The finger ends, which are of the utmost significance in the creation of artistic things, must be fitted with well developed muscles of extreme efficiency or the execution will fall short of the ideal pictured in the artist's mind.

The pure Muscular type seldom makes an artist, for, after all, inspired brain work is the other important element in the creation of art, and this is the forte of the fifth type. A combination of the fifth type with the Muscular makes most hand artists. A combination of the Muscular and Thoracic makes most singers. Every hand artist will be found to have spatulate-fingered hands—in short, muscular hands.

The hand of the famous craftsman, pianist, sculptor and painter, instead of being more frail and delicate, is always larger and heavier than that of the average person. Such a hand is a certain indication of the muscular element in that individual's makeup.

His Powerful Movements

� Forceful, decisive movements also characterize this type. He is inclined to go at even the most trivial things with as much force as if the world depended on it.

Recently we were exhibiting a small pencil sharpener to a muscular friend. It was so sharp that it performed its work without pressure. But she took hold of it as if it were a piece of artillery and pushed the pencil into it with all the force she had.

When we remonstrated smilingly—for her face and hands are ultra-square—she said, "But I can't do anything lightly. I just naturally put that much force into everything."

His Forceful Walk

� Heavy, powerful, forceful strides distinguish the walk of this type. If he has but ten steps to go he will start off as if beginning an around-the-world marathon.

You Hear Him Coming

� All Musculars notify people, by their walk, of their approach. They are unconscious of this loud incisive tread, and most of them will be surprised to read it here. But their friends will recognize it. The chances are that they have often spoken of it amongst themselves.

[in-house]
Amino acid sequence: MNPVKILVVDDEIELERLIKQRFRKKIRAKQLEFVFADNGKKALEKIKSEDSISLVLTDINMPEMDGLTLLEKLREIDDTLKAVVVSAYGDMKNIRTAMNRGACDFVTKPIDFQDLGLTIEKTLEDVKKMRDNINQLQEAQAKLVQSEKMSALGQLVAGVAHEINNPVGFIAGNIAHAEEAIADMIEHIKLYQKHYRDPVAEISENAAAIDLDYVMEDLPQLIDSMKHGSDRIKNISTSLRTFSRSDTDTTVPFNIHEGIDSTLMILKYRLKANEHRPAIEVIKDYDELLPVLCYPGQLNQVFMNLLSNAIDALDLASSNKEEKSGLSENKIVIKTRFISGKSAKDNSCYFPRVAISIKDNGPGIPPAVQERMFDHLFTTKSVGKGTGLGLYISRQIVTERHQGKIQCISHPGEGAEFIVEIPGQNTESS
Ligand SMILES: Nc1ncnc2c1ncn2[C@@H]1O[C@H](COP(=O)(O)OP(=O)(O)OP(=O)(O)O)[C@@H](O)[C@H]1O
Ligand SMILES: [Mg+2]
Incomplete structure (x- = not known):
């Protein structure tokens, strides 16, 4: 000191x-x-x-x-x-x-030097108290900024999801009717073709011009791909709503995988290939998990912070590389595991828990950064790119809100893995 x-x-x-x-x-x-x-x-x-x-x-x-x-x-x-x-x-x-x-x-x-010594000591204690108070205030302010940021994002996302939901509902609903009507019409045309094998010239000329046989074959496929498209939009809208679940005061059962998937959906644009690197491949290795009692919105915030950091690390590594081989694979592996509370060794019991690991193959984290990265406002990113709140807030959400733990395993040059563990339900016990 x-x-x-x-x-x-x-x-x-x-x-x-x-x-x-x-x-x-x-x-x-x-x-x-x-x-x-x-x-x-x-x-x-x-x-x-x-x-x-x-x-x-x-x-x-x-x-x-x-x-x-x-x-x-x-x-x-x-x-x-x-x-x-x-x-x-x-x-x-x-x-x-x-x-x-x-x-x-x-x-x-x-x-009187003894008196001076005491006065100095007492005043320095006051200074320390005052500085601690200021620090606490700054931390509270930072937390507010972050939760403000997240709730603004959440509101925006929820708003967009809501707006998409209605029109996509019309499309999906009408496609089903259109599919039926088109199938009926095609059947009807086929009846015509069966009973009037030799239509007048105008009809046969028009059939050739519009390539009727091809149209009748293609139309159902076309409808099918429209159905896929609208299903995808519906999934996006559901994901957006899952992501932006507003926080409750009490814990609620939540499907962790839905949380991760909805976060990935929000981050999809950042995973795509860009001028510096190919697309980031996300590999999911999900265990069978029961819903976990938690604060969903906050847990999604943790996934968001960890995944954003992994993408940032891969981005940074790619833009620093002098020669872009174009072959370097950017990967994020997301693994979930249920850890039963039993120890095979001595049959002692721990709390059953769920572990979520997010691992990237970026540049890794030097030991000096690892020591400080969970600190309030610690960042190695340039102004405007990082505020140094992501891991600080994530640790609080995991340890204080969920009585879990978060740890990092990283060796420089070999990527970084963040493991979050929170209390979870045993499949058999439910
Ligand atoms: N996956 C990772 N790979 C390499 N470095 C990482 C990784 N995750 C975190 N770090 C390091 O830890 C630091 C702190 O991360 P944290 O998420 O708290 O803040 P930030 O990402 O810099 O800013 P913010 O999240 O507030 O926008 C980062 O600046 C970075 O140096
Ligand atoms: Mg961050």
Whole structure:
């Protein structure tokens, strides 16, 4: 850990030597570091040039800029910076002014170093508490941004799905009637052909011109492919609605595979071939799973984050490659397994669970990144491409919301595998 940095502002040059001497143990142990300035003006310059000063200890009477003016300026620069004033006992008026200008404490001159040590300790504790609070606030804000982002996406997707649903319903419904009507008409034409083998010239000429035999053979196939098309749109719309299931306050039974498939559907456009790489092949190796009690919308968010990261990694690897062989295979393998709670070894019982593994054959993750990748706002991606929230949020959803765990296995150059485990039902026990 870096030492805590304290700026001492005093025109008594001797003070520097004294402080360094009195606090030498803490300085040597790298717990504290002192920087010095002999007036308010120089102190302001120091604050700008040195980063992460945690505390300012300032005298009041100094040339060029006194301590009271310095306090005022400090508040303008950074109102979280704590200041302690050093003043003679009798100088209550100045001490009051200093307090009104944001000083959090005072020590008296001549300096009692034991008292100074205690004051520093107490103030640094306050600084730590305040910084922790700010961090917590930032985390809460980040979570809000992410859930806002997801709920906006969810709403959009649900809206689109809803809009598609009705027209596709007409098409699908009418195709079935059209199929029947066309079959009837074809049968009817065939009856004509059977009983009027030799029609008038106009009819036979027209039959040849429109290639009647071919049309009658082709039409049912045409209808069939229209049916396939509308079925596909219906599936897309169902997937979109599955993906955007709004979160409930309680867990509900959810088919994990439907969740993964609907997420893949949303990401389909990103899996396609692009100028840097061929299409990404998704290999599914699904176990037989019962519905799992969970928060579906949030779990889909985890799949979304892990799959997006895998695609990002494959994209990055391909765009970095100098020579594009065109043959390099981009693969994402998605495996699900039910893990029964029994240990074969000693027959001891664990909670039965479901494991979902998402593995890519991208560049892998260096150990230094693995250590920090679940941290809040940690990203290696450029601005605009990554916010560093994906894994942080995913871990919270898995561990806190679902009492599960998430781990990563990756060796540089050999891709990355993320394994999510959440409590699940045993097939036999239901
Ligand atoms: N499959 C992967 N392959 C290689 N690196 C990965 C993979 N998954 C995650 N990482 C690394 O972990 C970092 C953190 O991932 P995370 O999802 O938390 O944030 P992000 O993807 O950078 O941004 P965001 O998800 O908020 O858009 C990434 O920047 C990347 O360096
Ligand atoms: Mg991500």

The Loud Voice

� The "steam-calliope voice" belongs almost always to a Muscular. He does his talking just as he does everything else—with all his might.

It is very difficult for the Muscular to "tone down" this powerful voice. His long-suffering friends will testify to this characteristic.

His Stentorian Tones

� This loud voice is a serious social handicap to him. His only chance of compensation for it lies in its use before juries, congregations or large audiences.

It might be noted here that every great orator has been largely of this type, and also that his fame came not alone from the things he said but from the stentorian tones in which he said them.

Famous Male Singers

� Caruso, John McCormack and all other famous male singers had large thoracic systems, but in every instance it was combined with a large muscular development.

The Solid Sitter

� When a Muscular sits down he does it as he does everything—with definiteness and force. He does not spill over as does the Alimentive nor drape himself gracefully like the Thoracic, but planks himself as though he meant business.

Activity His Keynote

� Because he is especially built for it the Muscular is more active than any other type. Without muscles no organism could move itself from the spot in which it was born.